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Using technology to avoid downtime


Managing Editor of Fleet Equipment Magazine

Avoiding downtime is crucial to fleet productivity. Unexpected downtime can be related to recurring or unresolved maintenance issues or a surprise CSA citation. Either way, these issues can resolved by increased preventative maintenance or using predictive maintenance to determine when a problem is likely to occur. More and more fleets are making use of technology to help avoid these undesirable and costly delays.

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“There are multiple people and multiple systems at every organization that are required in order to process a service event efficiently,” says Michael Riemer, Decisiv’s vice president of product and channel marketing. “Today, that’s all done by telephone, fax, and lots of running around. On average in the trucking industry today, downtime for a breakdown of a truck is about four days—and of those four days, only about four hours are spent on the actual maintenance.

“What’s needed to make this more efficient is access to people and access to information—the remote diagnostics, the service history, etc.,” he continues. “When you do this properly you reduce triage time by 95%, you reduce downtime by 50% and you get a better overall experience because estimates are electronically approved, and you don’t end up with an argument or a surprise by the end. Access to real-time information allows you to make better decisions with better visibility.”

decisivThose percentages come from a case study Decisiv arranged with Oakley Transport. According to the case study published by Decisiv, Oakley found cost savings of $150,000 per year with the use of Decisiv’s Service Relationship Management (SRM) software platform, which was developed with the goal of streamlining all of a fleet’s necessary data into one source to the improve decision-making process and the fleet’s bottom line.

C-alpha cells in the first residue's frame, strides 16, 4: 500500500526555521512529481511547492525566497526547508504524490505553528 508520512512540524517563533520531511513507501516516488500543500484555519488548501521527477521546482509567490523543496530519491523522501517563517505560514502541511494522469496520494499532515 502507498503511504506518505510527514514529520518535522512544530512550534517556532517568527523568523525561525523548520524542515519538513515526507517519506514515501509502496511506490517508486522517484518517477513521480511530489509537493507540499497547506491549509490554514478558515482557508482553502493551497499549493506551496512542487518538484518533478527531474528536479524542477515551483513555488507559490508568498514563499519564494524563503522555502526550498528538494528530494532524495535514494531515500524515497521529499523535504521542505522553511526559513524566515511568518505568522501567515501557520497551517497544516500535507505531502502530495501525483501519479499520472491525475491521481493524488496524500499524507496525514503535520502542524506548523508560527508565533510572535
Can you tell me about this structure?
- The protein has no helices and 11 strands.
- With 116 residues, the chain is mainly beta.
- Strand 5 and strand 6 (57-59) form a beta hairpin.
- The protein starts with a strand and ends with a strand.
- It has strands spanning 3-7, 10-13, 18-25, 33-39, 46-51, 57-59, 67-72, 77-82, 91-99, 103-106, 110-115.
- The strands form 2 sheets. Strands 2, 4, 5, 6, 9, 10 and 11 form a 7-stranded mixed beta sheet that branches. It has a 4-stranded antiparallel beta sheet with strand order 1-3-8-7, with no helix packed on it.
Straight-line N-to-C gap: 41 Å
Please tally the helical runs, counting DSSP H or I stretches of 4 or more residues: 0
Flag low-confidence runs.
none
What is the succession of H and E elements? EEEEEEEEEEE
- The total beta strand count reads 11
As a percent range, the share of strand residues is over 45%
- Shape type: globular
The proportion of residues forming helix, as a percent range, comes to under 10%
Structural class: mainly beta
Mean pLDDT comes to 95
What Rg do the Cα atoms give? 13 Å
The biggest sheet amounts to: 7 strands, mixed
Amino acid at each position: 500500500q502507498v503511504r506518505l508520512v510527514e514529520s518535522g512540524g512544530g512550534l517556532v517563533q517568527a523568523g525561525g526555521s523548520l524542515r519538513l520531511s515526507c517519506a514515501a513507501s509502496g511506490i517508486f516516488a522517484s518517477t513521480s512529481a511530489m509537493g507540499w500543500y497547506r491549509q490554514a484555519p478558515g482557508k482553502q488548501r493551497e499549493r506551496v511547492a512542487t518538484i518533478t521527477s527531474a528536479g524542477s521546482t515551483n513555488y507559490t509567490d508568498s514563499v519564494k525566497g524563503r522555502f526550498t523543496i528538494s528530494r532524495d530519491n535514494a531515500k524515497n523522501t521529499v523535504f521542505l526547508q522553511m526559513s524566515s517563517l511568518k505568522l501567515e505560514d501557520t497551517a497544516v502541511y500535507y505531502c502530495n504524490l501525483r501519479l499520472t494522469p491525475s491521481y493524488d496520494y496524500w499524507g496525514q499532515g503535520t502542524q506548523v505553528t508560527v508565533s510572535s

Riemer explains that Oakley Transport found Decisiv SRM platform’s easy access to current event status, asset service history, preventive maintenance schedules, inspection reports, pending operations and more at the point of service allowed the fleet to reduce downtime and eliminate unnecessary service events, resulting in a net improvement of asset utilization rates by 10%.


Other ways the SRM helps fleets with the maintenance process, according to Riemer, include automatically associating a failure or maintenance issue, for example a brake light going out, with the truck in question, “so that the repairs can be done quickly and be visible anywhere the truck goes, whether it’s internal or external,” Riemer says.

“Obviously if you’re doing a good job of keeping up your preventative maintenance, that’s going to go a long way towards keeping your CSA scores low,” he adds. “So we have lots of different ways of helping fleets manage preventative maintenance and report on failures. Let’s say you have a high currency—approximately 90%. That doesn’t necessarily tell you what the quality of those inspections are. We supply some reporting around breakdowns between PMs so that you can see what failures are occurring more regularly and update your inspections to make sure that you’re checking those items more regularly.”


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